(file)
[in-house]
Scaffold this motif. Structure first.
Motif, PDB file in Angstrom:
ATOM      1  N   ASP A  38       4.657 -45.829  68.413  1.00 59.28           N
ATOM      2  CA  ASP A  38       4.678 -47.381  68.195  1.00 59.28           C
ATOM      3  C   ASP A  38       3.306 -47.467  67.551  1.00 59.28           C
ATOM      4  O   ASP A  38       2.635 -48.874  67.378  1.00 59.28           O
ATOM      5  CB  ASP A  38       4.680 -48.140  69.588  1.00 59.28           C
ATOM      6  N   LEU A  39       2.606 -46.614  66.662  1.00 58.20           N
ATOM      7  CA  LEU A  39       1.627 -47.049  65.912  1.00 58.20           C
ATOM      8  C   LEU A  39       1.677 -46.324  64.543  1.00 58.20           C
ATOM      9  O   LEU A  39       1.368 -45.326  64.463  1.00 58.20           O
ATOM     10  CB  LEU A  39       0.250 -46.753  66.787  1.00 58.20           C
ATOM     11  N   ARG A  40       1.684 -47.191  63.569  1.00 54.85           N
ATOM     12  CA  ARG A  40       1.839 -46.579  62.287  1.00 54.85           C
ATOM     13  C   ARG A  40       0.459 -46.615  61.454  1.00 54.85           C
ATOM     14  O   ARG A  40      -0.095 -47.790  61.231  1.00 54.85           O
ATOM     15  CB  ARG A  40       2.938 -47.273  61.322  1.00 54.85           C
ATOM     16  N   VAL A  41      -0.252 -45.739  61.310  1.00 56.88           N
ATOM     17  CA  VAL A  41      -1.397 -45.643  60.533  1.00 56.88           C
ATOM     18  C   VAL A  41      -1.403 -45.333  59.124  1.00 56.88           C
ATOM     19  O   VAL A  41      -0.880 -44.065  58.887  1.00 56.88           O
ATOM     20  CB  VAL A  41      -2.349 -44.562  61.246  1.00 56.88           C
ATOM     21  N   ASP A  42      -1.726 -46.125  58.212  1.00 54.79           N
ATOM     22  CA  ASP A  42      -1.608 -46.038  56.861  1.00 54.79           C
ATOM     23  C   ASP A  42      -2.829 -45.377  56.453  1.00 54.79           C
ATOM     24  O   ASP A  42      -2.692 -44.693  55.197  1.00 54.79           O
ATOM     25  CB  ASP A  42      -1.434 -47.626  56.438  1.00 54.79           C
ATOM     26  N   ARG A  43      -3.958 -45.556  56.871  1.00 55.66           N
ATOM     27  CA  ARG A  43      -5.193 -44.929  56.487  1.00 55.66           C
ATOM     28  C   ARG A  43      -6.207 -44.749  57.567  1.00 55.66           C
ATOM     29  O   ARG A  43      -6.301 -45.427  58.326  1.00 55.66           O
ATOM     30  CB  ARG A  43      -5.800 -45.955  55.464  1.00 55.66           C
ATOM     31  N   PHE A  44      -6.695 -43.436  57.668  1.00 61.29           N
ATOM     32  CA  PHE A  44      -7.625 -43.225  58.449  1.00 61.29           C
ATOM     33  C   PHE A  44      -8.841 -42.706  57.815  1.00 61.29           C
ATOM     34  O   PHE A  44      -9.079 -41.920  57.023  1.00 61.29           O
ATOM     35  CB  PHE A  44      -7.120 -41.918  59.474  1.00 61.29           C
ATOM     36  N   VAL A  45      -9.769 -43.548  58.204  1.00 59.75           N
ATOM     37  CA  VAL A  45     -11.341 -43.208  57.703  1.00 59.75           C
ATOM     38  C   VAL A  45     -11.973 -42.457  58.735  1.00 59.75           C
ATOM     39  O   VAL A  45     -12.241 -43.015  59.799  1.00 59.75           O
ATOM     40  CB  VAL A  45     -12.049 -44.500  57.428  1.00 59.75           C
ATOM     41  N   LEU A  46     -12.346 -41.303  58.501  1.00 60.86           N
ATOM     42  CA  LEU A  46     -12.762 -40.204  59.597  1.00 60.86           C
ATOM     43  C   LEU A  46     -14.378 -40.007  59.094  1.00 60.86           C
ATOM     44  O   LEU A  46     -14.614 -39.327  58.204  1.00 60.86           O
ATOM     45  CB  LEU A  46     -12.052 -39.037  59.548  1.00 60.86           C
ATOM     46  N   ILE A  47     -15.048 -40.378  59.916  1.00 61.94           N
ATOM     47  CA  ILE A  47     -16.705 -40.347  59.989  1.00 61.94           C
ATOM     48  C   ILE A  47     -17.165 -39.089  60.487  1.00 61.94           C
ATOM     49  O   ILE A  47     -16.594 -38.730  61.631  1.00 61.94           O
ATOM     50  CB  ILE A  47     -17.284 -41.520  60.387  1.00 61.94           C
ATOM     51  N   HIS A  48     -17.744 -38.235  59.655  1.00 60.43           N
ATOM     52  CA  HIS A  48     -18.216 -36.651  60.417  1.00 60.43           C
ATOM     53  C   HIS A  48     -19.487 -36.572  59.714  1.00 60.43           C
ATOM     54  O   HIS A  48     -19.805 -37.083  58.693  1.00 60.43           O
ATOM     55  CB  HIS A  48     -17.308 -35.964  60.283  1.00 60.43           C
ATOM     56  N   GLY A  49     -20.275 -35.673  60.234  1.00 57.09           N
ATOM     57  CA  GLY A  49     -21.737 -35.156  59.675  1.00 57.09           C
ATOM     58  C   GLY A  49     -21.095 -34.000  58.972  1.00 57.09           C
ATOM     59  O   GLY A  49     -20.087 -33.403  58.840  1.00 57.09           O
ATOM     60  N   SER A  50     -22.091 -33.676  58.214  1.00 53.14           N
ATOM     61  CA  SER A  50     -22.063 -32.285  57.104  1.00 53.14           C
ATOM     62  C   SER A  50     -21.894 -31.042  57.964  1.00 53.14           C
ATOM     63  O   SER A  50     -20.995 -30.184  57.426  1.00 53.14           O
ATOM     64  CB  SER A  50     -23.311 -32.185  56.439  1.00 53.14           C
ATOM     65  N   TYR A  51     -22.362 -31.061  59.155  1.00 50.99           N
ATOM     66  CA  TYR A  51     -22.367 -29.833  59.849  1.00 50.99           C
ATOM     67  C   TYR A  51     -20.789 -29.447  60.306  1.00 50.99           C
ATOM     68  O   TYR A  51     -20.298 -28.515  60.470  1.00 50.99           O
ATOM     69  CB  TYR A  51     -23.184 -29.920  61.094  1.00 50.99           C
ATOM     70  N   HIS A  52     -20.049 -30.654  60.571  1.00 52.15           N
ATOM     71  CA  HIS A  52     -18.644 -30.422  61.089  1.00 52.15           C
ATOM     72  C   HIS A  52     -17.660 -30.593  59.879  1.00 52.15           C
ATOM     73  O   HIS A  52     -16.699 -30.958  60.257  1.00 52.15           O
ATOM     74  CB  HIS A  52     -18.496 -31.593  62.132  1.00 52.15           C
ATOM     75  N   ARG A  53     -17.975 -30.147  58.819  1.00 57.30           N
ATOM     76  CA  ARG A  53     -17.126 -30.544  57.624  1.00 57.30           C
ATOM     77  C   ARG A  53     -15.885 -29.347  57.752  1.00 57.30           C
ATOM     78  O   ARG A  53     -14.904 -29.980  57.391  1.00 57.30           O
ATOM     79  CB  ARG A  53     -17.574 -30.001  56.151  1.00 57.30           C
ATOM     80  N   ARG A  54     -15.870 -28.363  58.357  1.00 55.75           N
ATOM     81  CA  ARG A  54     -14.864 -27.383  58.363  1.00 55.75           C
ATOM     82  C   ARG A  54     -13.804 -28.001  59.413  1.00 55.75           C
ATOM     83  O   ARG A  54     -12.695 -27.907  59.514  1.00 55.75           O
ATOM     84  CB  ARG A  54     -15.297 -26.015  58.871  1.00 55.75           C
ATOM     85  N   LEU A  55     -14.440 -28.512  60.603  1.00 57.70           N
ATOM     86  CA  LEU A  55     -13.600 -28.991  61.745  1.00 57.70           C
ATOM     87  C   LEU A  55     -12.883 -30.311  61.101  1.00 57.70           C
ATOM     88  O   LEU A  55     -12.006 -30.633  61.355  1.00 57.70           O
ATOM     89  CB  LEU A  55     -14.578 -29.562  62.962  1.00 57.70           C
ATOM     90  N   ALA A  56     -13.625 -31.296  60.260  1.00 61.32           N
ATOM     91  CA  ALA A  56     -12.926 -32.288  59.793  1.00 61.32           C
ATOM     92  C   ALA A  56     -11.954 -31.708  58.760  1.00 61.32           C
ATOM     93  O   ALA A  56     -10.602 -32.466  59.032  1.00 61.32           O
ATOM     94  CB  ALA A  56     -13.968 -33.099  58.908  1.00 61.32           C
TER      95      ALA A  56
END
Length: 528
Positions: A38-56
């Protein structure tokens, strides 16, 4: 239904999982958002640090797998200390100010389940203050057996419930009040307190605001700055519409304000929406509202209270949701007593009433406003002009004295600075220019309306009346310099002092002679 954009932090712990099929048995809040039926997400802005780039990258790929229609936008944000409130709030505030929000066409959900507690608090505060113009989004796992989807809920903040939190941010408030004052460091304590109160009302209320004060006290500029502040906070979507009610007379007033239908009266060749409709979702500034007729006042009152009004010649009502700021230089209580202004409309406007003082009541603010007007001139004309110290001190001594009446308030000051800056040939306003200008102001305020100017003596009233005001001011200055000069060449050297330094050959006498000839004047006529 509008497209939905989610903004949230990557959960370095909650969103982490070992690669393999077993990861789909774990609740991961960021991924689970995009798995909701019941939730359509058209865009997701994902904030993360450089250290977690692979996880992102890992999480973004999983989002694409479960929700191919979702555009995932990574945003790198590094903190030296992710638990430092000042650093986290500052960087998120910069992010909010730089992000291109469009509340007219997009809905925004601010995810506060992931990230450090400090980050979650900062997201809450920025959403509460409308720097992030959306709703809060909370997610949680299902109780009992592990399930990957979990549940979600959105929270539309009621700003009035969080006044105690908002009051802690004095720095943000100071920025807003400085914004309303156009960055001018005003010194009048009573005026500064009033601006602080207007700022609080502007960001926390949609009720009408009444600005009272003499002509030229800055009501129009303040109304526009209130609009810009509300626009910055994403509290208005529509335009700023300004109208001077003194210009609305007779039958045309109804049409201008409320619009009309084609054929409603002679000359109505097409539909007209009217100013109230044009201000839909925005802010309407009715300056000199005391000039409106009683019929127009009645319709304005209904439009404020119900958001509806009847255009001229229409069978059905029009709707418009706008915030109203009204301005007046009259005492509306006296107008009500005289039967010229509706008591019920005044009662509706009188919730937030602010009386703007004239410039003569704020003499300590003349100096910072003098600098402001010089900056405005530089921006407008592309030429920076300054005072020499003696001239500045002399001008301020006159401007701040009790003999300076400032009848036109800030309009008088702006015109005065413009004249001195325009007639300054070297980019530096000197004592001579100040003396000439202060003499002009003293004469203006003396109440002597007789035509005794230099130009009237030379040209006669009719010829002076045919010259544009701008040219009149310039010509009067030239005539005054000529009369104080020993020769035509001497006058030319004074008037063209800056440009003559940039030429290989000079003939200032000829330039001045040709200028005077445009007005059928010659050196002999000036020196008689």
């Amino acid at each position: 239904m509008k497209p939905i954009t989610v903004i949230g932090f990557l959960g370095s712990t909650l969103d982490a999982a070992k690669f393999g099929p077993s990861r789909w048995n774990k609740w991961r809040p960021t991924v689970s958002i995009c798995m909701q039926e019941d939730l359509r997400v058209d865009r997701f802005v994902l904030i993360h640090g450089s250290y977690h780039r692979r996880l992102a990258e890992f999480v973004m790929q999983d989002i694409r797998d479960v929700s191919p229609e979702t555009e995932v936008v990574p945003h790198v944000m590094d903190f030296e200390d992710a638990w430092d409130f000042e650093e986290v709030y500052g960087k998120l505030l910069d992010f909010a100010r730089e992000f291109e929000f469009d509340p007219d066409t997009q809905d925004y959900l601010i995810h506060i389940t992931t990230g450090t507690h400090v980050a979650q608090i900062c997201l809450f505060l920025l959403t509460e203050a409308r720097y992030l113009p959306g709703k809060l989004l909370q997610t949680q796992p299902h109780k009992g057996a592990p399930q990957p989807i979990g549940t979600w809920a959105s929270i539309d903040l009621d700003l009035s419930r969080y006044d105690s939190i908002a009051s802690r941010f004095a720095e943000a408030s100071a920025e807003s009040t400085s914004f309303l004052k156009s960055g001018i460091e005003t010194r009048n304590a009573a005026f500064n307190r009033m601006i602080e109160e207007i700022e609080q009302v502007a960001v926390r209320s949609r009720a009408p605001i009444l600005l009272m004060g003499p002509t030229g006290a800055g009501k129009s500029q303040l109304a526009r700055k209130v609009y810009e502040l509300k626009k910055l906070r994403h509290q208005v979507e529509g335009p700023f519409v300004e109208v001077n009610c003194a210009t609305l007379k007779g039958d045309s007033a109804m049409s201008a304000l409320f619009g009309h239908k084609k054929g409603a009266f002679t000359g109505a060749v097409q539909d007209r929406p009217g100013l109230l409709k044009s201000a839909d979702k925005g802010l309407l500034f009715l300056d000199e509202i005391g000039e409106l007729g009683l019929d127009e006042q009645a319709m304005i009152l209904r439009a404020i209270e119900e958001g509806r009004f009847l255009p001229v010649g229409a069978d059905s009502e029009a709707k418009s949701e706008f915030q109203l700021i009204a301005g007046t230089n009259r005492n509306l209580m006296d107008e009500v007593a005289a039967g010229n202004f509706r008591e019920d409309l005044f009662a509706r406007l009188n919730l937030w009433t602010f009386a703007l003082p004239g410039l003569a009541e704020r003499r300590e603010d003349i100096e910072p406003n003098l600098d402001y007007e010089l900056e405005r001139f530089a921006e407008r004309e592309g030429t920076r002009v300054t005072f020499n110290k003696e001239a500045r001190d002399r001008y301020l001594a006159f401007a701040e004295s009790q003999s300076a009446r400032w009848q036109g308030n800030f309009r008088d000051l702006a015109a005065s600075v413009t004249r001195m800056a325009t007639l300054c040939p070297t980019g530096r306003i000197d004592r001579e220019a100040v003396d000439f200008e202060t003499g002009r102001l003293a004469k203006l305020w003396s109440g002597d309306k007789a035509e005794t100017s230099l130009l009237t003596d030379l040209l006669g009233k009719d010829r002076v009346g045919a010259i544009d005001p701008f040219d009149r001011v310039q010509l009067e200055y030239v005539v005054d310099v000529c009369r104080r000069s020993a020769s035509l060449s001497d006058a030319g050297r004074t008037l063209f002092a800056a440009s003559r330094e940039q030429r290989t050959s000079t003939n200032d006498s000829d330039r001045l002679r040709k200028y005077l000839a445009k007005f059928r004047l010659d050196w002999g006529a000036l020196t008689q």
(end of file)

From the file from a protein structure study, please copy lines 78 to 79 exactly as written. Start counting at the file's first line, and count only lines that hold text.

ATOM     75  N   ARG A  53     -17.975 -30.147  58.819  1.00 57.30           N
ATOM     76  CA  ARG A  53     -17.126 -30.544  57.624  1.00 57.30           C